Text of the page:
East Valley NAACP President Discusses Removal Of Confederate Monuments
The country is still reeling from one death and 19 injuries in Charlottesville, Virginia, over the weekend during protests by white supremacist groups.
Neo-Nazis and groups like the Klu Klux Klan gathered in the city over the weekend for a “Unite the Right” rally to protest the city’s planned removal of a statue of Confederate General Robert E. Lee.
On Monday, Arizona Gov. Doug Ducey condemned the white supremacist groups that held the rally in Virginia, saying he “100 percent condemns these hate groups, the KKK, the Klan, neo-Nazis, white nationalists."
But he again said that he would not take the lead in removing six Confederate monuments here, as civil rights advocates here have called for him to do.
In 2015, state lawmaker Reginald Bolding called for the renaming of the Jefferson Davis Highway near Apache Junction. And earlier this summer, leaders from the African-American community here spoke out calling for the immediate removal of all of the Confederate monuments in the state.
Arizona community leaders came together today at the site of a Confederate memorial near the Capitol to denounce the governor’s response to taking down local Confederate statues.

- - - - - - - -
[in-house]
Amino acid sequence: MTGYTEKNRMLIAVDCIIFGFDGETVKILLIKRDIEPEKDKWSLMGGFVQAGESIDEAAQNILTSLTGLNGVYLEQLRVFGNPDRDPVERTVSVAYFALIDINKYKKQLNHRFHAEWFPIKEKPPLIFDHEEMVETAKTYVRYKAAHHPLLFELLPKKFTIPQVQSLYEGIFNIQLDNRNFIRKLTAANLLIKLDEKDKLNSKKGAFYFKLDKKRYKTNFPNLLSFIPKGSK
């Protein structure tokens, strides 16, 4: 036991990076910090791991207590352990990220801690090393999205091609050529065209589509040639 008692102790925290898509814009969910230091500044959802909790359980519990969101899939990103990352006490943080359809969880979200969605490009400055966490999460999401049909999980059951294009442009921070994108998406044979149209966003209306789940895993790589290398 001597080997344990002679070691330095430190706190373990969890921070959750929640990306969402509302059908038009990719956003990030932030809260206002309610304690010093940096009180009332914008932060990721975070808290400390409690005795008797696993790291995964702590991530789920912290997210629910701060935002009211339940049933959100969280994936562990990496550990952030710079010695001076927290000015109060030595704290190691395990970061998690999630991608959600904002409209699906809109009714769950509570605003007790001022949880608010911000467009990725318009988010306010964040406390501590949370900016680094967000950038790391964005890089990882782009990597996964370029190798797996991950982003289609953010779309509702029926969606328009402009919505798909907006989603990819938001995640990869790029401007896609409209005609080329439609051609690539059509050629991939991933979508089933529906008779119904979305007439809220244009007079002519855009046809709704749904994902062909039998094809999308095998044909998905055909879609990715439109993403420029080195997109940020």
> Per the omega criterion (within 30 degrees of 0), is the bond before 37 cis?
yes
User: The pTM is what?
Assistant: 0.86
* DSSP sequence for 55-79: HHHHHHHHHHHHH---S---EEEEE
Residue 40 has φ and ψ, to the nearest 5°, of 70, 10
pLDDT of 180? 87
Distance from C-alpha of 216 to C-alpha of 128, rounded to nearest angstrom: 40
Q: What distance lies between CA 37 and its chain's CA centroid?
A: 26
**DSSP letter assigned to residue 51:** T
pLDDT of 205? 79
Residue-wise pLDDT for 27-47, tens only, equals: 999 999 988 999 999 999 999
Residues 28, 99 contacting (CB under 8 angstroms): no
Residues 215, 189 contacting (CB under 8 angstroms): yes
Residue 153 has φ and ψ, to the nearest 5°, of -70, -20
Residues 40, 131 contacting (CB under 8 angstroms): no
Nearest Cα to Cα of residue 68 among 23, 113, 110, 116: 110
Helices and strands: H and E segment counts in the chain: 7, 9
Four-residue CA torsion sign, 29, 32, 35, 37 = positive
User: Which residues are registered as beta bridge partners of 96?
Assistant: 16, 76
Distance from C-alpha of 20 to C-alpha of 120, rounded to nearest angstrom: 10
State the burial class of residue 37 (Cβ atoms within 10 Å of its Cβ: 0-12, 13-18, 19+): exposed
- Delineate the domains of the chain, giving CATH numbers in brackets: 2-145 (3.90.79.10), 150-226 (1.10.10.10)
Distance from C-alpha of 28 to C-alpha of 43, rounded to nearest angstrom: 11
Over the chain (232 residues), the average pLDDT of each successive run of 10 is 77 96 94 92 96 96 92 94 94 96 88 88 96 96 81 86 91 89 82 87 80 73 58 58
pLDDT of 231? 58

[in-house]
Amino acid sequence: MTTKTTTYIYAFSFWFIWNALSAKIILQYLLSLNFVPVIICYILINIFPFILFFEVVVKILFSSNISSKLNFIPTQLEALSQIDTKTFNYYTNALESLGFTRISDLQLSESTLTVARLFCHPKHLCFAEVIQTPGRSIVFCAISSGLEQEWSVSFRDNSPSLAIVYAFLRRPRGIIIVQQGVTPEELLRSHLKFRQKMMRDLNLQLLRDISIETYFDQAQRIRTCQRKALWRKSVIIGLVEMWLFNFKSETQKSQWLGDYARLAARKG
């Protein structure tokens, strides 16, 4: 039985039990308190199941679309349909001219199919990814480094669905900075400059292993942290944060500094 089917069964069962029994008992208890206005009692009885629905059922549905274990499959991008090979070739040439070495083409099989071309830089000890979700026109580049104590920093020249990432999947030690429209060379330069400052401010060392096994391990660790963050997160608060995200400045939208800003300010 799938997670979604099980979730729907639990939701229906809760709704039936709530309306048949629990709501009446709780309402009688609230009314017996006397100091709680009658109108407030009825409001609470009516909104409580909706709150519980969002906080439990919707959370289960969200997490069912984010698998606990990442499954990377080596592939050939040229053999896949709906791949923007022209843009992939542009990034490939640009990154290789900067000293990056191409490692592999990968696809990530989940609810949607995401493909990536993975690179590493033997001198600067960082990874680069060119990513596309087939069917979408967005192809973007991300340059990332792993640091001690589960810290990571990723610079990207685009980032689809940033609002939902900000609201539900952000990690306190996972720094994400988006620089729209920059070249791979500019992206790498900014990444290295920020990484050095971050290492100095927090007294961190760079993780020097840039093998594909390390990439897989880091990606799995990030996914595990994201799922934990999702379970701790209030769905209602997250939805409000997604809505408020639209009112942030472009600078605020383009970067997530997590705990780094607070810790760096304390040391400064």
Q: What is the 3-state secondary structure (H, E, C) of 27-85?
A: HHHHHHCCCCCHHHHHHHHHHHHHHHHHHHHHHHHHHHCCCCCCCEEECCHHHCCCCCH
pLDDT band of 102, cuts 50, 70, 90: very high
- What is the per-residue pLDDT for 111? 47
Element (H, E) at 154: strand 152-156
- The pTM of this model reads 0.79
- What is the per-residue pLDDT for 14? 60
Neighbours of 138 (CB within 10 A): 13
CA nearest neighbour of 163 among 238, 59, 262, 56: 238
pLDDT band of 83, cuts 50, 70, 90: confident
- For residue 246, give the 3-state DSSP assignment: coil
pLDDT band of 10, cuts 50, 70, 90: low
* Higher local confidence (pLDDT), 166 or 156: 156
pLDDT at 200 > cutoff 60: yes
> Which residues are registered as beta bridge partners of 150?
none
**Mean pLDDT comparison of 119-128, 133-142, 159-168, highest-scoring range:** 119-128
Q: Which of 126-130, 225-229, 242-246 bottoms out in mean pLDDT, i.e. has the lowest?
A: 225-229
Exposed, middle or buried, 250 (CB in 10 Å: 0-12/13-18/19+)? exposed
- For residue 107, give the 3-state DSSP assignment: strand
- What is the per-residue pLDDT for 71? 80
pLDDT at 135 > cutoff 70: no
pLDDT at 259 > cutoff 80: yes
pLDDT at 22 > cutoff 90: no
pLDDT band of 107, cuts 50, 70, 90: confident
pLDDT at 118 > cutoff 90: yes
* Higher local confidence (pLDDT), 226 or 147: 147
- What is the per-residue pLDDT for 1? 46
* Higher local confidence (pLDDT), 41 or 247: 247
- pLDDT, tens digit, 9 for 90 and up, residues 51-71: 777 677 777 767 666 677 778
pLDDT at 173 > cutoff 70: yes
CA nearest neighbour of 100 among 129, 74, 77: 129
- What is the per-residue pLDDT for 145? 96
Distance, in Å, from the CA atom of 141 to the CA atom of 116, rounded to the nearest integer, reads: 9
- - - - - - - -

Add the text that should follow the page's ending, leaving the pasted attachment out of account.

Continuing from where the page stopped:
For more on that, we’re joined now by one of those leaders who called for the monuments’ removal in June. Roy Tatem Jr. is the president of the East Valley Chapter of the NAACP.
Tatem said he respects the legal process to remove the memorial, but thinks the words and actions of Governor Doug Ducey would send an important message.
“We would also like for Governor Ducey to take lead and open up the door," Tatem said. "He can call a meeting, he can convene a meeting. We would like for him to do that in good faith, to show us that he is about inclusion and that he is for all of Arizona, not just the Confederates.”
Tatem warned against citizens taking down the memorial itself, saying going through the proper process was the best way.
This comes in the midst of national news about race relations and the validity of Confederate monuments.